How many New Year’s resolutions have you kept over the years?
When I asked myself this question, I suddenly realized that I’ve never been big on New Year’s resolutions.
Rather than thinking about the year coming in, I’ve tended to focus on the one going out: What were the highlights? Family deaths? Births? Weddings? Was it a relatively good year? Healthy? Pleasant? Productive? What exactly did I accomplish personally, professionally?
So many things can happen in one year and as I get older — another thing I’m reminded of when we celebrate the New Year — I realize this more and more. I like to think back over the last year’s happenings and smile or smirk at how things turned out or raise my hands in praise when something happened better than anything I could have imagined.
One of my favorite sayings is, “Man plans and God plans…” With each passing year, I know that we can plan as much as humanly possible, but the unexpected will inevitably put our faith, patience and perseverance to the test.
It may sound cliché, but also with each passing year, I am more thankful for the love of family and a few close friends. Now, rather than thinking about resolutions, I spend time looking over my calendar and trying to plan how and when I can spend more time with the special people in my life, those who love me and whom I love, despite knowing each other’s flaws and shortcomings.
People are so busy these days, I’ve already begun making calls to see if we can plan a weekend here, a lunch date there.
I asked some of the special people in my life why we should NOT make resolutions and got some funny and enlightening answers other than the obvious one — that many of us don’t keep them.
A 30-something husband and father asked, “Why lie to yourself?” Contrary to Dr. Oz’s recommendations to tell someone else so that he/she can help you with your resolution, he added, “Why lie to two people?”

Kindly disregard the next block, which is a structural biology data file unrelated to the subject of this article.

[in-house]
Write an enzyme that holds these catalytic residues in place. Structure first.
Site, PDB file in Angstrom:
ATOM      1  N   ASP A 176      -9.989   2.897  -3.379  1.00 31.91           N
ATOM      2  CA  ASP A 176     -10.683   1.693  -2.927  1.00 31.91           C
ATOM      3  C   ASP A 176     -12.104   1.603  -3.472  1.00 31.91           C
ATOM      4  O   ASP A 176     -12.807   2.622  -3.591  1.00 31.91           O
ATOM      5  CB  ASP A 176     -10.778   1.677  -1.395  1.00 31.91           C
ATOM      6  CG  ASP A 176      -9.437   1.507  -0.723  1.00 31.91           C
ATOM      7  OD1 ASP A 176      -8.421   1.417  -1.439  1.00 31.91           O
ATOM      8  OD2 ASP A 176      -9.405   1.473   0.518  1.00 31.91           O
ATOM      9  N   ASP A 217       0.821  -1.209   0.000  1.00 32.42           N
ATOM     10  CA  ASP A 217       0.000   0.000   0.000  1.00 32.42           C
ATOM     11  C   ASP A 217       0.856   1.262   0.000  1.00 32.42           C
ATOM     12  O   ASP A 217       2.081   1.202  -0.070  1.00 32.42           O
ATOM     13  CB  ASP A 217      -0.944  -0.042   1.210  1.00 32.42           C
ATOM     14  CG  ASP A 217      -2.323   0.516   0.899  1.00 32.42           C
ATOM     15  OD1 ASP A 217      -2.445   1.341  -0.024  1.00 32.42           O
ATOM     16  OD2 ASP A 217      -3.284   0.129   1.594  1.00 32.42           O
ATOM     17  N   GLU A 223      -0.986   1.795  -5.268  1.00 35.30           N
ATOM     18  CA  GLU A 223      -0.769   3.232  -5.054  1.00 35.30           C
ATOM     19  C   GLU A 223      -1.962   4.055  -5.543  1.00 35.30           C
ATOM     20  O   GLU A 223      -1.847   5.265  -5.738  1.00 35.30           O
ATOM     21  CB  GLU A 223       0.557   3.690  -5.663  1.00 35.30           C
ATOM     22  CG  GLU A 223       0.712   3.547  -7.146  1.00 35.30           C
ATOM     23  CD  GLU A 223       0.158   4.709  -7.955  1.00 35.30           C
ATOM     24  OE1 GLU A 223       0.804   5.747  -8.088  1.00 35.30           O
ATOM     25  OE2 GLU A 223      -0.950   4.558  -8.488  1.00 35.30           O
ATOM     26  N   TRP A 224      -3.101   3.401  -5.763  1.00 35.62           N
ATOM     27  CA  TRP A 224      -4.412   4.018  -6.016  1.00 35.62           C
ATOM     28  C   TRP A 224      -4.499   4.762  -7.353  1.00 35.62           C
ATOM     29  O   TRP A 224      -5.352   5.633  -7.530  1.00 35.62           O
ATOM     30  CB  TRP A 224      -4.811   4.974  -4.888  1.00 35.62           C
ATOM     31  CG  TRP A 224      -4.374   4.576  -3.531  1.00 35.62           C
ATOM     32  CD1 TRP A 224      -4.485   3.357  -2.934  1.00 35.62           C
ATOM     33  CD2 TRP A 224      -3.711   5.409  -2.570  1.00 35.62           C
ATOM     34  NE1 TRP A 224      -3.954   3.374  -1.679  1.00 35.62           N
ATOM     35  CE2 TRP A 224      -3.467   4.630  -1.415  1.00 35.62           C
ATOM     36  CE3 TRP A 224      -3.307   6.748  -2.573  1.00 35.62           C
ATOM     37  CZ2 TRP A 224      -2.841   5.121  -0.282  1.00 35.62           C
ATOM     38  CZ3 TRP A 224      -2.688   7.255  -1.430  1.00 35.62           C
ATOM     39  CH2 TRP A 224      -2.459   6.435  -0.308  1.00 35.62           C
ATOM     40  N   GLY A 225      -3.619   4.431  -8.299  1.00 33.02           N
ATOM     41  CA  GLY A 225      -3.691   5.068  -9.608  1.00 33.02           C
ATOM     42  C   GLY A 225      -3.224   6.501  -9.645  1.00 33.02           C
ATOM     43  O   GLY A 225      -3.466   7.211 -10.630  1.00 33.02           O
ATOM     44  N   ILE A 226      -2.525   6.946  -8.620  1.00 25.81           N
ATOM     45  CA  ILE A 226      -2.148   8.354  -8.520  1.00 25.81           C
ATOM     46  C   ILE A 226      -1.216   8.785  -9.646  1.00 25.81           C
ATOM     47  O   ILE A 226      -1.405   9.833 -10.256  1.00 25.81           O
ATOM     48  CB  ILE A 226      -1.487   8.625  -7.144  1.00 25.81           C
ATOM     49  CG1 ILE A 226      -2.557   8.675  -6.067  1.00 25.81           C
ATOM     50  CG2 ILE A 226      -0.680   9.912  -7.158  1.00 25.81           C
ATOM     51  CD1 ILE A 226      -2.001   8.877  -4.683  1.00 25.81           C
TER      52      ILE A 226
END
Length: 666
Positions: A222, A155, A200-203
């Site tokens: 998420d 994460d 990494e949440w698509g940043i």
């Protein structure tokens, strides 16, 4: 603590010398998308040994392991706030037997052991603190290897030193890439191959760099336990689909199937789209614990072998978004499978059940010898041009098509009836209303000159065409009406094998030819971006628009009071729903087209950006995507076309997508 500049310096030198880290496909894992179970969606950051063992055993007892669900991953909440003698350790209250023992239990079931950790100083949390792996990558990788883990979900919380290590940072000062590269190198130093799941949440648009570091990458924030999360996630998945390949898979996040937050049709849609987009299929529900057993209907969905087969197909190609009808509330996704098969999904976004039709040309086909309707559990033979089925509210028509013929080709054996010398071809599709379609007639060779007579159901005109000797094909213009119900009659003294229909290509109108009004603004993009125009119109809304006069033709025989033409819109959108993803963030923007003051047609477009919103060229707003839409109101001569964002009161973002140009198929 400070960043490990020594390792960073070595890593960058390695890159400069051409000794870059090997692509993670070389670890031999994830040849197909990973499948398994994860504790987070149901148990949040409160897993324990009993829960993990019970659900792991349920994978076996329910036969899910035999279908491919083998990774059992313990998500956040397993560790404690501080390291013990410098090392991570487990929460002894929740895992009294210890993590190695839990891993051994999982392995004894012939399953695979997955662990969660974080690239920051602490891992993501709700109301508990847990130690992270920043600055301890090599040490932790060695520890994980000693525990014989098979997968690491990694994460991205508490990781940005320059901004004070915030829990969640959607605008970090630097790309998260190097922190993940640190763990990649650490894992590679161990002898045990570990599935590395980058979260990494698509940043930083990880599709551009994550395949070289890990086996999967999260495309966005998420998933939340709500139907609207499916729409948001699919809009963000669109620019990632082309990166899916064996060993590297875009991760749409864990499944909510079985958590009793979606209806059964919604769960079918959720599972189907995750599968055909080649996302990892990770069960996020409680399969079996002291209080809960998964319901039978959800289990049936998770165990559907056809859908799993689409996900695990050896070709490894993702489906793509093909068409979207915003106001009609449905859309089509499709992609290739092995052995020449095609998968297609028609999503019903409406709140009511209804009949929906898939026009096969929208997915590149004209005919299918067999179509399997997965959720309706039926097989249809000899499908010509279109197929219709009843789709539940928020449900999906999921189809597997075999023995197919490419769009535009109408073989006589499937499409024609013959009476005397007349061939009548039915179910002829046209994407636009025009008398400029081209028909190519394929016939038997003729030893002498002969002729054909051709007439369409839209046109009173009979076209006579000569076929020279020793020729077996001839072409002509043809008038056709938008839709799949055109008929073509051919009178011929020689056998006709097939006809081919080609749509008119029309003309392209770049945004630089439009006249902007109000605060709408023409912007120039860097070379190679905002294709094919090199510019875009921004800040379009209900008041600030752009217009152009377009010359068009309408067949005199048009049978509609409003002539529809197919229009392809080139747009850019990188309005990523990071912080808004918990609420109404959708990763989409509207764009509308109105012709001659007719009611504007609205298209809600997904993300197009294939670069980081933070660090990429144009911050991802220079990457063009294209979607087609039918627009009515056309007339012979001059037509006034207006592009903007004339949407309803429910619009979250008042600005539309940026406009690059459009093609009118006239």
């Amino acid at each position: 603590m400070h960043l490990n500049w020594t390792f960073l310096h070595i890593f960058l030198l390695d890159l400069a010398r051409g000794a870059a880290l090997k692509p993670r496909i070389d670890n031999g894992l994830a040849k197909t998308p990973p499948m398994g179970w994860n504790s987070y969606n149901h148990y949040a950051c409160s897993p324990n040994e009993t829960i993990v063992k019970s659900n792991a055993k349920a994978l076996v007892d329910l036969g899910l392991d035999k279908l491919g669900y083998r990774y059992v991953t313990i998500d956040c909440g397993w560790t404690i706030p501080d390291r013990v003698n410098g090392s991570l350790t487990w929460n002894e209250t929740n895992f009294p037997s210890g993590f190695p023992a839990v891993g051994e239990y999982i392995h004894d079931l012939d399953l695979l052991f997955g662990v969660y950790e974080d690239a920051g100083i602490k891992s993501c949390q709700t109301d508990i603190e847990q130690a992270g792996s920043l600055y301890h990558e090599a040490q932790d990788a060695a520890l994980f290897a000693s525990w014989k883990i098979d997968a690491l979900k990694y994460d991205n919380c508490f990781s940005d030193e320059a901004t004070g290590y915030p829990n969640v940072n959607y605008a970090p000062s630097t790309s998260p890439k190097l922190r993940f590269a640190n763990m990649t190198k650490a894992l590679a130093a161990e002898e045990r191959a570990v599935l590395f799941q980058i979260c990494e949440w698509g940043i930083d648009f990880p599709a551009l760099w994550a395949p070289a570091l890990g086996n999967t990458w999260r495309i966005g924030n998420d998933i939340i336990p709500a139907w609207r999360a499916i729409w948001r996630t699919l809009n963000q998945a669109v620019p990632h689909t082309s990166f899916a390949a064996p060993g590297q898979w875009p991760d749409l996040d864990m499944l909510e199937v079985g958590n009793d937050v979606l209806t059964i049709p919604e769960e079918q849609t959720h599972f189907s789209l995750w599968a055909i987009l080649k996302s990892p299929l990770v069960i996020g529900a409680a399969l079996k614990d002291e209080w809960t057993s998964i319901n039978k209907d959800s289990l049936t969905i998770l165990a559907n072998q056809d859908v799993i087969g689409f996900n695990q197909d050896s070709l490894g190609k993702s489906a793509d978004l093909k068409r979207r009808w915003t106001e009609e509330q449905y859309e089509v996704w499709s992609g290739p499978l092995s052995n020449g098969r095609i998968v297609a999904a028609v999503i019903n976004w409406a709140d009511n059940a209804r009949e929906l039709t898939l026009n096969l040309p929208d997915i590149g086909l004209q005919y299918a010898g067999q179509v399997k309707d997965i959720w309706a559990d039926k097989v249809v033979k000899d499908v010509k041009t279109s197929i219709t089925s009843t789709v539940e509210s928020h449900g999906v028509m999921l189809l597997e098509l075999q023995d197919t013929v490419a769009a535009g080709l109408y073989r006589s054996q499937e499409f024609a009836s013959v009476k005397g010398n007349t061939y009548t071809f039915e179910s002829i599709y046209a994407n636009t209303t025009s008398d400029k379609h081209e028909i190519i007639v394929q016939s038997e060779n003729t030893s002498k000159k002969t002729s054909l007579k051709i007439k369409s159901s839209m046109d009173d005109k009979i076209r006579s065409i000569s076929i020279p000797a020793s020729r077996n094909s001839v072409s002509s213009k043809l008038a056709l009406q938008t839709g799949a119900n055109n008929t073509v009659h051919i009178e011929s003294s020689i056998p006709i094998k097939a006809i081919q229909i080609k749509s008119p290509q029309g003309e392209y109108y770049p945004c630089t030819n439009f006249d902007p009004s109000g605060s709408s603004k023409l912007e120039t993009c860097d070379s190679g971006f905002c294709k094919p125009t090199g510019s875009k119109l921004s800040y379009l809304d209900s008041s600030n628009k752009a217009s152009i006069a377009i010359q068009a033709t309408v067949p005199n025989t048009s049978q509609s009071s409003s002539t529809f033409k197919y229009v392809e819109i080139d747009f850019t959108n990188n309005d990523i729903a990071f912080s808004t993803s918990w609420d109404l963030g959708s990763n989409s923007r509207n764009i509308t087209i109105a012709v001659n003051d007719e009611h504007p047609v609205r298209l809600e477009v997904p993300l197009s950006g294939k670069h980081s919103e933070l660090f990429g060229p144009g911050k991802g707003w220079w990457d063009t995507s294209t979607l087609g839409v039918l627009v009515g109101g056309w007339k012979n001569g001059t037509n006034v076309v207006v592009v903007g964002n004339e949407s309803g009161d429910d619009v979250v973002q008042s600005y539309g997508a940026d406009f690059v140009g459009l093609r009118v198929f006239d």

“You’ll only be hurt, disappointed or disgusted with yourself when you can’t or don’t keep them [your New Year’s resolution]. Who wants to feel like that?” This one was from an almost 80-year-old man who’s made plenty of resolutions, kept a few and broken many.
“I try to live my values daily. I’m very clear about what’s important to me at this point in my life. Making resolutions at the beginning of the year doesn’t help me live any better, so why bother?” These wise words came from a 75-year-old great-grandmother.
A woman who traveled across the U.S. alone in her 50th year said, “Resolutions are like false starts. We should always be trying to improve, eat better, exercise more, spend more time with loved-ones. So much of life is out of our control. We better know how to deal with trials and learn from them as they come.”
Surprisingly, I got this one from a 22-year-old newlywed: “ Being sincere in all we do every day is what matters. God is with you whenever you are sincere, not just on December 31st or January 1st.”
I cracked up when I was told humorously, “Are you kidding? Black folks have never been into that resolution stuff as much as white folks! All we can resolve to do is try to keep a j-o-b so we can eat, have a place to sleep and keep the bill collectors off our backs. Now, half the people in this country are where we’ve been.”
To cap things off, I should have known I’d get one of these:
“It’s 2012! Didn’t you know — the world is going to end sometime this year, supposedly next December? So what’s the point? Resolutions or not, it’ll all be over and I, for one, will be glad with this country the way it is right now.”
I wanted to say, “Yeah, yeah, yeah. Sorry, dude, that would be too easy.”
But I didn’t.
I laughed and went on my way, thinking more reason for me to spend time with my special people.
None of us knows when, how or where we will die or when the world will end.
Hopefully, if we make each day count as long as we are here, we’ll leave the world a better place when we do go.
Turiya S.A. Raheem was born and raised in Atlantic City. Currently an English teacher at Atlantic Cape Community College, she loves to describe her neighborhood as “the other Atlantic City,” because it was not the casino-resort mecca most people know today. It was a place with a “cozy, down-home feeling” as she describes in her 2010 book, Growing Up in the Other Atlantic City: Wash’s and the Northside.
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